In Alumni, Awards and Achievements, School of Communications

Vai Sikahema discusses his journey from rejection to the Alumni Achievement Award in the School of Communications.

Photo courtesy of Alyssa Lyman

Vai Sikahema, Alumni Achievement Award recipient, came to BYU on a footballscholarship and, since then, has played running back and kick returner in the NFL, worked as a NBC morning news anchor, won several Mid-Atlantic Emmy Awards and was featured in the Philadelphia Broadcast Pioneers’ Hall of Fame. However, Sikahema said his success has not come easily. “I struggled academically. I couldn’t get into any major at BYU because of my 2.0 GPA. No one would let me in! But I don’t blame them. I wouldn’t have let myself in either.”

At the 2018 College of Fine Arts and Communications Homecoming Lecture Vai Sikahema shared his BYU journey and discussed how hard work andservice can bring great success, even to those with humble beginnings.

Sikahema struggled with academics when he moved to Arizona from Tonga because he had to learn English, but he always succeeded physically. He competed in Golden Gloves tournaments and was recruited by his high school football team. “When I was in high school things were still hard as far as education, because every teacher I had was a coach. Their main purpose was just to keep me eligible to play football. At the time it was the greatest thing ever, but I never cracked a book open.”

“One person who really helped me was my mother’s visiting teacher. She was an English teacher at the high school, and she would meet with me every week. She would read to me and then discuss the things that we were reading. She also got me a spot on the school newspaper program. That is where I learned to express myself and write.” Sikahema repeated throughout his lecture that the service others gave him was essential to his success. “I am going to spend the rest of my life trying to replicate what Barbara Nielsen [his mother’s visiting teacher] did for me.”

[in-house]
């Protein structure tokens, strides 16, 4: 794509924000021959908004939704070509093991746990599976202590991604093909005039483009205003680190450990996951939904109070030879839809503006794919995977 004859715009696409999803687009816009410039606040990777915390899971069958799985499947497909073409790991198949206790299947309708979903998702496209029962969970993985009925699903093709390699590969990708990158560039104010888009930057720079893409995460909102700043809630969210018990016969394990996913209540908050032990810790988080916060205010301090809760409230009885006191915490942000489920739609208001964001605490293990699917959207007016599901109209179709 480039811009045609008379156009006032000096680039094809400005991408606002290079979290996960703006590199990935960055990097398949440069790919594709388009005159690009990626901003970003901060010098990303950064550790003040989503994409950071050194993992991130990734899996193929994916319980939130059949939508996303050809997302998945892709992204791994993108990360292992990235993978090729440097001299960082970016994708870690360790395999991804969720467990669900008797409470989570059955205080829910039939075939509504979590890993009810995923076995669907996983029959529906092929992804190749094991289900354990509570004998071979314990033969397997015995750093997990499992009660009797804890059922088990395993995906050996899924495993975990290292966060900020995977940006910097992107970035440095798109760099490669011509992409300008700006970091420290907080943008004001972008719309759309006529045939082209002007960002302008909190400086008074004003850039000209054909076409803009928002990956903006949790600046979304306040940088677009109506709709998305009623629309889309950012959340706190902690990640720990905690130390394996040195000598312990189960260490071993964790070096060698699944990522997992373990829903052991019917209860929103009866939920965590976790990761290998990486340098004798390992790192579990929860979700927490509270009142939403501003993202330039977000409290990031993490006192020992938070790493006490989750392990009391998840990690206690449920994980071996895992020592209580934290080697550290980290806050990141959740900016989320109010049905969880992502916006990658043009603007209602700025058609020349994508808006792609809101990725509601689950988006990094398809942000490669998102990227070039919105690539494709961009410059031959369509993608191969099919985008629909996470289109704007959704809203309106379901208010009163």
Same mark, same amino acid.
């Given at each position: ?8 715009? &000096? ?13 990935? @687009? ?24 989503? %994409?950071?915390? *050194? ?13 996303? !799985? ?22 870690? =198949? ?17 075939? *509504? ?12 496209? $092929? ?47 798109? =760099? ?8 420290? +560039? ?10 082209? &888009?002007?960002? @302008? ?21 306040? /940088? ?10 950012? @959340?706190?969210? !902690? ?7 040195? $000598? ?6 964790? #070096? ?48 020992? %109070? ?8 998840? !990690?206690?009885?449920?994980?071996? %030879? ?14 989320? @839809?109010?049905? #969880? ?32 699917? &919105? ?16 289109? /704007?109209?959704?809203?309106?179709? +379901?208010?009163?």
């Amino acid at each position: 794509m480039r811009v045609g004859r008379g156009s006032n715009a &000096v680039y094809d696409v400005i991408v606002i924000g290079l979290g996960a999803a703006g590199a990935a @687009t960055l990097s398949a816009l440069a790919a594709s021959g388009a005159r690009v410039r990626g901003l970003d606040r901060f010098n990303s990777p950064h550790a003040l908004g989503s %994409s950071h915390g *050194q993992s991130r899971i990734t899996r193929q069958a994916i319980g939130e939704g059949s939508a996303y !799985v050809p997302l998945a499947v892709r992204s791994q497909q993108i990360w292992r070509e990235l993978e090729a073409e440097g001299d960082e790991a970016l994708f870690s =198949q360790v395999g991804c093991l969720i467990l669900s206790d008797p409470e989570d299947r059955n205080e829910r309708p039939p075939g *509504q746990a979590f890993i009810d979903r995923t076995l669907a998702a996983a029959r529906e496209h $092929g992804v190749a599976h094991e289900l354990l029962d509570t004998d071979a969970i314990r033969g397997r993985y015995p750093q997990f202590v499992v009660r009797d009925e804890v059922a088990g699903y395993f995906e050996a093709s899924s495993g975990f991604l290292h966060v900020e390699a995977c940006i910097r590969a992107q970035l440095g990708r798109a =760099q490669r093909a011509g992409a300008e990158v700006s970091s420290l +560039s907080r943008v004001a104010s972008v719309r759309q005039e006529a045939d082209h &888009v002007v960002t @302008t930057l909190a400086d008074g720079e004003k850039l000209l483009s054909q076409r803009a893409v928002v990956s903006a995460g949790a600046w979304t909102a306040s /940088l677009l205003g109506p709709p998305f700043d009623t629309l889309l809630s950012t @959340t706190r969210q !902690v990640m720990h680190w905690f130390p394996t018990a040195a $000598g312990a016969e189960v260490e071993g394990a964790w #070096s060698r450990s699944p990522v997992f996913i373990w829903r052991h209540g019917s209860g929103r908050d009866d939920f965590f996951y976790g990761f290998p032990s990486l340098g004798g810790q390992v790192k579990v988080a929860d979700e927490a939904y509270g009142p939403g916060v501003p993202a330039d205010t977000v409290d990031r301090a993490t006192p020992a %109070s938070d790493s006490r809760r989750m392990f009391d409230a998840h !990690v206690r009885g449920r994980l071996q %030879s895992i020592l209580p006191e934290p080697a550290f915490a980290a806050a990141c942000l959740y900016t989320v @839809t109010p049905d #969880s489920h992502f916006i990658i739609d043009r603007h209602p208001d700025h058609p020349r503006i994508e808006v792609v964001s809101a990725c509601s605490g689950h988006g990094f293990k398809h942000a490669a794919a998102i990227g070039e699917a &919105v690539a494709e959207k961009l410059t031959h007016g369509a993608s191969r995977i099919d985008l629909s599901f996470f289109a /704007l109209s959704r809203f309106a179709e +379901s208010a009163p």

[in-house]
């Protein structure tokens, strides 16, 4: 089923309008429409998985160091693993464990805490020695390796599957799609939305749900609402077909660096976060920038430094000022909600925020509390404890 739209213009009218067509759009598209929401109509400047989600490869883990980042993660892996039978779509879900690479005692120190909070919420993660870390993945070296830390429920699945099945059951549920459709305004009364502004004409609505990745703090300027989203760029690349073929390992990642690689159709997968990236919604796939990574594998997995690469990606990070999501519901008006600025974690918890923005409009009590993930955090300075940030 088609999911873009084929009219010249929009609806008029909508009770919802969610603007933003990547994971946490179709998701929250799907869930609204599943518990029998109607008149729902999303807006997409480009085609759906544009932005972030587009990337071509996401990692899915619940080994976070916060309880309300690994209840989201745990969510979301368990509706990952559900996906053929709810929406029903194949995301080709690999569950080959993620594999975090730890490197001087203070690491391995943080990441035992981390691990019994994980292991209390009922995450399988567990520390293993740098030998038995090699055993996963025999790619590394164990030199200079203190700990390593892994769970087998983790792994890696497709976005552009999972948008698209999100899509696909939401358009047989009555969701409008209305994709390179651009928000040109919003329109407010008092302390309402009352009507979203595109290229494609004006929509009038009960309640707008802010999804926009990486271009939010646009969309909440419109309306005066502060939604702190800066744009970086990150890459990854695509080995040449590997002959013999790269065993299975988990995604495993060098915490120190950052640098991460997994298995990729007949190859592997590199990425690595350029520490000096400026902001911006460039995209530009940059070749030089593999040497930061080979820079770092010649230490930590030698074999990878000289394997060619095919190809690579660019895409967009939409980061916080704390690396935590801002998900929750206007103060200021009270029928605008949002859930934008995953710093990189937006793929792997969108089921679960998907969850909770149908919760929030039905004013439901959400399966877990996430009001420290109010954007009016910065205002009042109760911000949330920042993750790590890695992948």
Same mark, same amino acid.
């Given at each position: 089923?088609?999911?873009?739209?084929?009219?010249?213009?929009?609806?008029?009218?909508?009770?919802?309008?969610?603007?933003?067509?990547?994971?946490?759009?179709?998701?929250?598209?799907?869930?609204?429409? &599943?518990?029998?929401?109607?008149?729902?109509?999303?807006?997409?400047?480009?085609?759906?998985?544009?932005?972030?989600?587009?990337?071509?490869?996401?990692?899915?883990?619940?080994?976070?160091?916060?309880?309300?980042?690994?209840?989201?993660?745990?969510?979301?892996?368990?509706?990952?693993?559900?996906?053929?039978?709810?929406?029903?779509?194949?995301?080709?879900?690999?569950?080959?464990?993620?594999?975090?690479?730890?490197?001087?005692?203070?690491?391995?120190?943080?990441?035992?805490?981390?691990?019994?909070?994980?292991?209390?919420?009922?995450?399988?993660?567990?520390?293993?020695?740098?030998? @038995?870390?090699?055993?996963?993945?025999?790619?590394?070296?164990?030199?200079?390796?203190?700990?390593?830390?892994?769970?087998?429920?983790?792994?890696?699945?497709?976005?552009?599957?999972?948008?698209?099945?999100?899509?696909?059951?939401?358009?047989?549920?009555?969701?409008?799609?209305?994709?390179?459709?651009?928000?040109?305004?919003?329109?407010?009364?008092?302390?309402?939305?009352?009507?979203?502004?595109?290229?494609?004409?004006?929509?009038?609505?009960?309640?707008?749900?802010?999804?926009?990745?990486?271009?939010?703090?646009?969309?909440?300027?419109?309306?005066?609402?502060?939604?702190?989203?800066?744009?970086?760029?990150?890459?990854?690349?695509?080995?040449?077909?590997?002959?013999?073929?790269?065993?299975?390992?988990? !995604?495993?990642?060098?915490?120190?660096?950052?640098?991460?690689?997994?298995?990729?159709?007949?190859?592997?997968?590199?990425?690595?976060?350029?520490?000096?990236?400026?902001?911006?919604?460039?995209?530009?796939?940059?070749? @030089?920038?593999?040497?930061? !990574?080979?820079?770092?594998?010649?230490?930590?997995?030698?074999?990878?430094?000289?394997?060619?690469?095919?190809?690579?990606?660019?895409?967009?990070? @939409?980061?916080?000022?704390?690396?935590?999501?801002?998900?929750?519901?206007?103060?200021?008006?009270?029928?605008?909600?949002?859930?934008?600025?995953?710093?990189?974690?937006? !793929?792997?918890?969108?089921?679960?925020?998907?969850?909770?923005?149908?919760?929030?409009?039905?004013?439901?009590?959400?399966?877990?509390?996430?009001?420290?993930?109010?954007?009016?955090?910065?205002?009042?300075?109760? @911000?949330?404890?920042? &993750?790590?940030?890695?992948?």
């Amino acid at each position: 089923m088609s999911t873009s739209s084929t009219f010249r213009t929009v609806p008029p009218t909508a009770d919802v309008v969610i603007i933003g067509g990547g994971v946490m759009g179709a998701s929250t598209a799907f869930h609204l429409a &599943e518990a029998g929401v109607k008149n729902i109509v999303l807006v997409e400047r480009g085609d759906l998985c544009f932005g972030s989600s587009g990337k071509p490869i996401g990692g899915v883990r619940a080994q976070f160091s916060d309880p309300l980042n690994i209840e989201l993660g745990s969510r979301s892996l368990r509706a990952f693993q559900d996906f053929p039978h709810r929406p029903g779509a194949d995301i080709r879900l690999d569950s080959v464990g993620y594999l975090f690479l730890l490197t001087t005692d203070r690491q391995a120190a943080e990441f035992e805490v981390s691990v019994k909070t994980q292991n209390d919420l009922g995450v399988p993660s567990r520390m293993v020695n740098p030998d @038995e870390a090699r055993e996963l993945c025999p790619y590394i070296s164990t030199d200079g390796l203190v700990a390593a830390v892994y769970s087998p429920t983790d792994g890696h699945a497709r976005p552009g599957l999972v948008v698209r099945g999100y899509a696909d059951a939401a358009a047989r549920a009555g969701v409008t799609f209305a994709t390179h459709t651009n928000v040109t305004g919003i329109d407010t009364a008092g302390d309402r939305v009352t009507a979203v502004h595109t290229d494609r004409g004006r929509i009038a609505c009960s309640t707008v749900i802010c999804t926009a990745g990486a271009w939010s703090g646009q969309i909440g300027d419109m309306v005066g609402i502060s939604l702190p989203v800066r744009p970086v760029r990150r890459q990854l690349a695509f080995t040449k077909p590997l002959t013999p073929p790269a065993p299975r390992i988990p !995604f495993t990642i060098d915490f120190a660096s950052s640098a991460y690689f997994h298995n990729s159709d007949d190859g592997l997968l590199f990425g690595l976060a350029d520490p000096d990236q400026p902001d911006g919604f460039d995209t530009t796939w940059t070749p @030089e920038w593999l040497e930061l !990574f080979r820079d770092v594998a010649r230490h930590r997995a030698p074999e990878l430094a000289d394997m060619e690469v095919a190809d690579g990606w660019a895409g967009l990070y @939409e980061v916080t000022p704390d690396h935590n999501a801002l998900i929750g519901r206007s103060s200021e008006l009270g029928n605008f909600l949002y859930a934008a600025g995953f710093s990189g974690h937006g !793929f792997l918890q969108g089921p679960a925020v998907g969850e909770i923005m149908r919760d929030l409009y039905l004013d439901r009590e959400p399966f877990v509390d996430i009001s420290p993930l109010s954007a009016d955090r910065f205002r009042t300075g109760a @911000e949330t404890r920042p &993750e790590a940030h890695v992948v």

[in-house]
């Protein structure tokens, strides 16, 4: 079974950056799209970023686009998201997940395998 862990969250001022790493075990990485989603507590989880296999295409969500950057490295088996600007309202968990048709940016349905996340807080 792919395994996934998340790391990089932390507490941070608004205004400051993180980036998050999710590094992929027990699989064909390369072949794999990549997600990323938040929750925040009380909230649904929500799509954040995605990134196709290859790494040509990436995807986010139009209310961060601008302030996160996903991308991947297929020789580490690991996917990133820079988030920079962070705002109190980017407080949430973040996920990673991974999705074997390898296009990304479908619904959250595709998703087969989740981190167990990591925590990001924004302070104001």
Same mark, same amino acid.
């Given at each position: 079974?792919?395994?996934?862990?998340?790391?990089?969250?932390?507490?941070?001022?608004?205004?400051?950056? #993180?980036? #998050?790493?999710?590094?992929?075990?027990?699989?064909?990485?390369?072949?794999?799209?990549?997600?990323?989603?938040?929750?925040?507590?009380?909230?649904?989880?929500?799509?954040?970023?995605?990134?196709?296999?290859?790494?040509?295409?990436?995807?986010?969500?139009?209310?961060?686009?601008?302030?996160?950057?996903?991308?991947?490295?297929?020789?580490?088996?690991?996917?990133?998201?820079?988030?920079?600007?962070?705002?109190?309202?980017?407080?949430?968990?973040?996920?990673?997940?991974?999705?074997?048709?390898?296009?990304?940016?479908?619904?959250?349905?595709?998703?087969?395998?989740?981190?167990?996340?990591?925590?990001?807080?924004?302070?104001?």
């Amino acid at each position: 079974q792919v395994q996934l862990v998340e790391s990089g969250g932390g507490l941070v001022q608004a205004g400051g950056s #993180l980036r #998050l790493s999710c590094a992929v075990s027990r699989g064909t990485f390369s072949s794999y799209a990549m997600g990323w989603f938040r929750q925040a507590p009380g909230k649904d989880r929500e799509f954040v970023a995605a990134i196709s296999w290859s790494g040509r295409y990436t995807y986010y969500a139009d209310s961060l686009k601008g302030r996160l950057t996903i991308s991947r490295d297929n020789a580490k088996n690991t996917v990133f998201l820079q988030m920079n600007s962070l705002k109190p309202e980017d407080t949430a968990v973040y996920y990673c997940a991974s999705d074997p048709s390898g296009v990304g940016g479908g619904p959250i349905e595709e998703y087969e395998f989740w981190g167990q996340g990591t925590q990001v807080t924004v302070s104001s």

When Sikahema came to BYU he continued to struggle academically, but said he learned some essential lessons that would continue to bless his life. “At BYU I learned things I could not have learned anywhere else. I went to Lavell and Patti Edwards’ house and I saw how they treated each other. I went to family home evening with professors at their homes and saw the love and faith they had in their families. Those were the critical things I learned at BYU.” After five years, Sikahema eventually left BYU without graduating, or even declaring a major.

Journalism had not been a part of Sikahema’s plan, but while working for the NFL he was approached to do work in television. “The media always appreciated that I gave thoughtful answers to their questions. I attribute thatto my mission and all the firesides I spoke at while attending BYU. I had learned to articulate and weave a narrative.” Sikahema worked on filming interviews with his teammates and started a series featuring NFL player’s houses. “The TV station went nuts, they couldn’t believe they were getting footage of NFL mansions.”

Sikahema did not have any academic experience working in media, but he was living with Dale Cressman, current professor in the School of Communications, at the time. Sikahema said, “I was always looking for ways I could get better. I would constantly ask for critique on my footage. I had never taken classes in broadcast journalism, but I had access to a professor!” After retiring from the NFL, Sikahema was hired by the then CBS-owned television station WCAU. “I had worked there for four or five years when someone at BYU called and said I should get my degree. I responded, ‘I’d love to, but you won’t let me in!’ They responded, ‘Well, we can help you with that.’” Sikahema graduated with a bachelor’s degree in broadcast journalism in 2002.

“I will summarize my last 25 years of work experience as this: work and service,” Sikahema stated. “I had a great work ethic, which is why I succeeded despite my academic struggles. I watched my parents work multiple jobs my whole life. They taught me to work hard at everything I did. I never let anyone outwork me. When there is something you want, you’ve got to understand there are thousands of people who want exactly what you want. So, what are you going to do to distinguish yourself? You’ve got to outwork everyone else.”

“I pray that you will work hard and think about what you are going to do to differentiate yourself. Think of the people who have served you and ask yourself how you are going to do that for others.”

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